Why is that?
The reason is that the paperback is the simpler of the two. Whatever you put into your Word document, that is what will print. You don't have to think about different shapes and sizes of tablets or e-readers. You don't have to worry about how graphics are or are not handled by a given e-reader. It's very straightforward. Whatever your PDF looks like, that is what your book pages are going to look like. Period, the end.
There will then be changes you have to make to the ebook version to make it work properly. But by starting with the paperback version, you have that foundation.
Even if you don't think many people will buy the paperback version, always have a paperback version available. It gives the book a greater impression of legitimacy. It also makes the ebook look cheap in comparison. If the paperback version is $9.99 and the ebook is $2.99, people will jump at that ebook as the bargain price. This is a well known sales technique that you can see in operation in pretty much every area of marketing.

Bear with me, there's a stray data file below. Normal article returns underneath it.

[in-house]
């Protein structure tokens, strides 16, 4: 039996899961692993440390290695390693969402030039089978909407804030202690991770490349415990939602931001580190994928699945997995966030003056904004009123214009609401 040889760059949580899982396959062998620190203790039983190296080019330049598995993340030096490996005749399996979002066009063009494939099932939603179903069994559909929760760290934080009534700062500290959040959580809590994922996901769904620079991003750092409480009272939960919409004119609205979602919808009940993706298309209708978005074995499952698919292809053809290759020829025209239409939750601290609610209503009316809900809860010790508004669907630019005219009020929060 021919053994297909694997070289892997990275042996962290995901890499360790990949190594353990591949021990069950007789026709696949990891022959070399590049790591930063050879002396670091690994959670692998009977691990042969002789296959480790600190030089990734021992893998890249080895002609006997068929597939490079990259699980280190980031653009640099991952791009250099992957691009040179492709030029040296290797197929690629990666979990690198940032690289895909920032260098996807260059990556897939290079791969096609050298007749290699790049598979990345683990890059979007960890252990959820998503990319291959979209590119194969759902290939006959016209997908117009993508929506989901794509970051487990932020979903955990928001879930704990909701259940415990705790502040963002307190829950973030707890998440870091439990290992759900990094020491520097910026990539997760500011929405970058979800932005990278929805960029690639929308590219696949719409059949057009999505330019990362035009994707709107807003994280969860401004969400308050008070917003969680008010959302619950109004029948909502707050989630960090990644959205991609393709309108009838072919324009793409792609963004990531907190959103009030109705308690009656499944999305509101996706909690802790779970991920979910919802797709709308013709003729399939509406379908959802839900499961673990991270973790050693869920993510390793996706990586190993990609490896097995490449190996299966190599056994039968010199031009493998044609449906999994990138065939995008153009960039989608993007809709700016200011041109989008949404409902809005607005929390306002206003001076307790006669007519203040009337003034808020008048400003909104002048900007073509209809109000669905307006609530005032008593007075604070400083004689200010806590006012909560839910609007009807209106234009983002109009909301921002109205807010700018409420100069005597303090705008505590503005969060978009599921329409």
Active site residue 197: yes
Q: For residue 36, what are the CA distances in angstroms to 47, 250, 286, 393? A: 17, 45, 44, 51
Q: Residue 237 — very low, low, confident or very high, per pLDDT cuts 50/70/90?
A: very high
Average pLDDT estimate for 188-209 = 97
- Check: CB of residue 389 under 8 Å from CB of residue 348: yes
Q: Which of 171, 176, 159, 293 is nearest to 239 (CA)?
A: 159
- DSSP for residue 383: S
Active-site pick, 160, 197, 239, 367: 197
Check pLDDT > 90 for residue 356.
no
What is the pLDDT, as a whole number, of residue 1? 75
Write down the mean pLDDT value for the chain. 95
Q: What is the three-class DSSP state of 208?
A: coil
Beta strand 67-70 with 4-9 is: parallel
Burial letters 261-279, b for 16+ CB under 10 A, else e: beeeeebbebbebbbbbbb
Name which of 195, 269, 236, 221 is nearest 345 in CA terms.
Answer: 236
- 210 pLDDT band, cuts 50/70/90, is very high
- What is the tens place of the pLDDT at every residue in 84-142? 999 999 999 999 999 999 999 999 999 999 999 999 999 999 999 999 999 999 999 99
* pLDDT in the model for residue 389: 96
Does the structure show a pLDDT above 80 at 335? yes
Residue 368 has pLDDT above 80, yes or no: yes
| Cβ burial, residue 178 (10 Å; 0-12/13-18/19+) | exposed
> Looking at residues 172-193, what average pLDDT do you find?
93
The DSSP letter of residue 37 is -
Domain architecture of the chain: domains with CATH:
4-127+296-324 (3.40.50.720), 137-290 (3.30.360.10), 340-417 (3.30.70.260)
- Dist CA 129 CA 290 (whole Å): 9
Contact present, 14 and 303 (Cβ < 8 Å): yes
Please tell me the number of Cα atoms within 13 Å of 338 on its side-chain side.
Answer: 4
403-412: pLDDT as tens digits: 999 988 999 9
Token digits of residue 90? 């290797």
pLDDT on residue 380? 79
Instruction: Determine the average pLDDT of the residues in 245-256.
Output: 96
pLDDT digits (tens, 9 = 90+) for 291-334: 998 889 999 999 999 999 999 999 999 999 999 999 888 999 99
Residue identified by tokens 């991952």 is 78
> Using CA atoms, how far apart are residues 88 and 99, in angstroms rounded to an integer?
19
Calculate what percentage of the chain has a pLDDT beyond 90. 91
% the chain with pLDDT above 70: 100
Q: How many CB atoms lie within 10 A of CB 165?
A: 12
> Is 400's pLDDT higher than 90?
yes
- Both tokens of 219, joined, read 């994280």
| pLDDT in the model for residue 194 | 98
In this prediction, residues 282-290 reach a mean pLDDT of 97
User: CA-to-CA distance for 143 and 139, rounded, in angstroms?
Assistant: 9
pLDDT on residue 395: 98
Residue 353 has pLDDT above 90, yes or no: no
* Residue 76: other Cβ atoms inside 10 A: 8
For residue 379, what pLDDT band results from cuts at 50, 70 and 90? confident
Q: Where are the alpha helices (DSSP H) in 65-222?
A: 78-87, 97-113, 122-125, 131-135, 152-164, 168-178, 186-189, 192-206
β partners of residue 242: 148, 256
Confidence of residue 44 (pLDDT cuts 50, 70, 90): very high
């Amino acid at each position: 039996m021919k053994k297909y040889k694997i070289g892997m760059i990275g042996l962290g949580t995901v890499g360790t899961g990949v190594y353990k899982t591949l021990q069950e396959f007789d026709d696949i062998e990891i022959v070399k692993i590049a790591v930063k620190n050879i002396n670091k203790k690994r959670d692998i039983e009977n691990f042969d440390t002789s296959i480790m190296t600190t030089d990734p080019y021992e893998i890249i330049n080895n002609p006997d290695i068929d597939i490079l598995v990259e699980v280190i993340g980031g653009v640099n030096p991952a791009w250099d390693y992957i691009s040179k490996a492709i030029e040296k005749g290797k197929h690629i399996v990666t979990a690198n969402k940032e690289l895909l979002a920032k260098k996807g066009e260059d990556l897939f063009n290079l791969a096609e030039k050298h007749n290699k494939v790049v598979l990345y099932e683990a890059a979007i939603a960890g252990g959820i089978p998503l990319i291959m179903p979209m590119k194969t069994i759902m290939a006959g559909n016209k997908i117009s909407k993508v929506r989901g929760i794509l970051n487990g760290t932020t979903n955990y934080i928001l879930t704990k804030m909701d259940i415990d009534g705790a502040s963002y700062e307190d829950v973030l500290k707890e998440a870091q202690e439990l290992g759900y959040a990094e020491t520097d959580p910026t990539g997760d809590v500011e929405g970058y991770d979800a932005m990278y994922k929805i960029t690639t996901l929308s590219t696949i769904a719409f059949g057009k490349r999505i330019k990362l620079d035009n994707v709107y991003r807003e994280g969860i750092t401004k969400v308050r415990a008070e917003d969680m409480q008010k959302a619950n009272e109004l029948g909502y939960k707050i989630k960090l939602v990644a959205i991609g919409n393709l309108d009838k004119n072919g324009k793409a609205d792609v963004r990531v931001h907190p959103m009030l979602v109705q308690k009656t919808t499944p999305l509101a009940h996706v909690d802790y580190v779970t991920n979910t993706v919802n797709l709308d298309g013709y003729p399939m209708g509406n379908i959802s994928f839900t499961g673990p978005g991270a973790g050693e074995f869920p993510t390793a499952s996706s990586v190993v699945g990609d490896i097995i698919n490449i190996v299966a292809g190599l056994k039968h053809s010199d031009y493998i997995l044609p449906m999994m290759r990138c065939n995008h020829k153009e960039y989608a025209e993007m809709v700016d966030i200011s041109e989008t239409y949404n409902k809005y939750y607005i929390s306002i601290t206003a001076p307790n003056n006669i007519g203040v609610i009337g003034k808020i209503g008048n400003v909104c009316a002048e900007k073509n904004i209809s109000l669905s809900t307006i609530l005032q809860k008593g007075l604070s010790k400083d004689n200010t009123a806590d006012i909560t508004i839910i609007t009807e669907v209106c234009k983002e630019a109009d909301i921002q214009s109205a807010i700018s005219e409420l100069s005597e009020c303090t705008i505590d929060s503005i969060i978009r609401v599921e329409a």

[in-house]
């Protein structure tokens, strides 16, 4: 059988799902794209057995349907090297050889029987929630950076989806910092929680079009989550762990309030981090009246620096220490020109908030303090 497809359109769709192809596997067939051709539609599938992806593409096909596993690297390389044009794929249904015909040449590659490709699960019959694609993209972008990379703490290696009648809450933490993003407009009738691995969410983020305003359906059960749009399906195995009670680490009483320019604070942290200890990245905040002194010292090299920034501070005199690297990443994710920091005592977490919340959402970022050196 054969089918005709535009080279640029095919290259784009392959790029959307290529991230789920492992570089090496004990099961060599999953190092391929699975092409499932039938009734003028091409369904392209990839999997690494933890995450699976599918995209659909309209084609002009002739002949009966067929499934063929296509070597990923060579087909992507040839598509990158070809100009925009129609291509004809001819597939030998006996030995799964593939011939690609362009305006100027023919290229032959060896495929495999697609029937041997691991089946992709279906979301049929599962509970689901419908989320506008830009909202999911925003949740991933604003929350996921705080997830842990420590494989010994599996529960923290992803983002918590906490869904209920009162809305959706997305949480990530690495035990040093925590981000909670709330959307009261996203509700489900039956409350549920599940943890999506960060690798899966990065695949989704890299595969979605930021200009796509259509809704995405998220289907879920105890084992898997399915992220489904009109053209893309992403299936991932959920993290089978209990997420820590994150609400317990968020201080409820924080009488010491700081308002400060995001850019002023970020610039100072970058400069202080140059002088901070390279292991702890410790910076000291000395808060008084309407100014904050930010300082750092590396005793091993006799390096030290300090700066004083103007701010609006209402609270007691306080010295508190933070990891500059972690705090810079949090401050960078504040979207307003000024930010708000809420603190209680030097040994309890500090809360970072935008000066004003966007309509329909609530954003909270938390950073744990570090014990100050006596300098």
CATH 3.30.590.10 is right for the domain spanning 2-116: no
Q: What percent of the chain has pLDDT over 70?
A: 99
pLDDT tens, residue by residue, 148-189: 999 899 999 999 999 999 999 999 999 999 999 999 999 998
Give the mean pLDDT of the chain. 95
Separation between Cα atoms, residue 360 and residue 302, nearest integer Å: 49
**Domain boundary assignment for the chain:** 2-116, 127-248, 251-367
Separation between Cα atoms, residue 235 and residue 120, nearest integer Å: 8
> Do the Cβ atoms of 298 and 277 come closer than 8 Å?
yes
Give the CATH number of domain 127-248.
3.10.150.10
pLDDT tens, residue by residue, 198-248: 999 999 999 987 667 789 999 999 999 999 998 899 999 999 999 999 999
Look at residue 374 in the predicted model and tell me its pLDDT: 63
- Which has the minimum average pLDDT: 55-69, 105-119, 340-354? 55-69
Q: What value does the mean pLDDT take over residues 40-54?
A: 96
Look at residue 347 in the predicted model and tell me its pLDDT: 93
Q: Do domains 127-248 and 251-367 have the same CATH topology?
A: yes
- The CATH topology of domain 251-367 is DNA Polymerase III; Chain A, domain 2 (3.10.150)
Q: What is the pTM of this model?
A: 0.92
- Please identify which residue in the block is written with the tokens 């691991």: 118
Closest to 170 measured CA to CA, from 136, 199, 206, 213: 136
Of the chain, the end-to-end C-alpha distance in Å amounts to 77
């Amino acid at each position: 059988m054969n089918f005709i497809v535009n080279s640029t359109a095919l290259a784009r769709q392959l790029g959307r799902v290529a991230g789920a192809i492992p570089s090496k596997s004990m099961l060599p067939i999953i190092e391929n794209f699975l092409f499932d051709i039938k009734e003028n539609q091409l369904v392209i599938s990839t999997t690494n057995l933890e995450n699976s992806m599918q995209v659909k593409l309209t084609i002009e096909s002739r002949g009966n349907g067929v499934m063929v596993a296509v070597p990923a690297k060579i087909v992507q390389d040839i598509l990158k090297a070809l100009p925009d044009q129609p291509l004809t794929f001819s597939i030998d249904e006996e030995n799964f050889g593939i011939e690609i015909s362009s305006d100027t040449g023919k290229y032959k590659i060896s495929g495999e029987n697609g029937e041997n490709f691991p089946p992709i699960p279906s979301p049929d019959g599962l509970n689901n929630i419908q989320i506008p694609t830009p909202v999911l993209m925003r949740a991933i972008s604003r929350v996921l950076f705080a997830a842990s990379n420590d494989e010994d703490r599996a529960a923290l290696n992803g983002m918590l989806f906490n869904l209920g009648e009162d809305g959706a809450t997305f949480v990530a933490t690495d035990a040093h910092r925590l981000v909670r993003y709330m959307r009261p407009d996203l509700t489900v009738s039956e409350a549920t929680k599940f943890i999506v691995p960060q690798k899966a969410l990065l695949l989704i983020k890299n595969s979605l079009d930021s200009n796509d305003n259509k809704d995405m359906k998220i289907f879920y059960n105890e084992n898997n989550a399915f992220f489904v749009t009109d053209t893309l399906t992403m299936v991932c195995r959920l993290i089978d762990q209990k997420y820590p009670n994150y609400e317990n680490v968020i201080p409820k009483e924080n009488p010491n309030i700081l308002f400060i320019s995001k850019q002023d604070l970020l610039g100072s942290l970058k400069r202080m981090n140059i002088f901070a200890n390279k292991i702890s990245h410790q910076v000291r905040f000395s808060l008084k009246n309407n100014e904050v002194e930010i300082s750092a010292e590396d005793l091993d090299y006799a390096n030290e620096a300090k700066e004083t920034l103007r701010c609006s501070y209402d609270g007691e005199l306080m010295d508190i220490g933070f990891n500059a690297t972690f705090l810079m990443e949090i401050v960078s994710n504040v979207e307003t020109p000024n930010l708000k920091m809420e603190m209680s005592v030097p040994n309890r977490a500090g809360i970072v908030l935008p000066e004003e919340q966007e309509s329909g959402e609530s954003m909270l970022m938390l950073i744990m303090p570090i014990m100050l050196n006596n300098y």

The one and only time you should skip the paperback version is if your book is simply too thin to be able to bind. Most companies require about 40 or so pages before it's possible to bind the pages into a book. If you are writing short stories, you might need to wait until you have a few of them done before you can compile them together into a book version.
It should always be free to self publish your paperback book. Cost shouldn't be an issue to worry about.
So let's take a look at our options for self publishing a paperback book!
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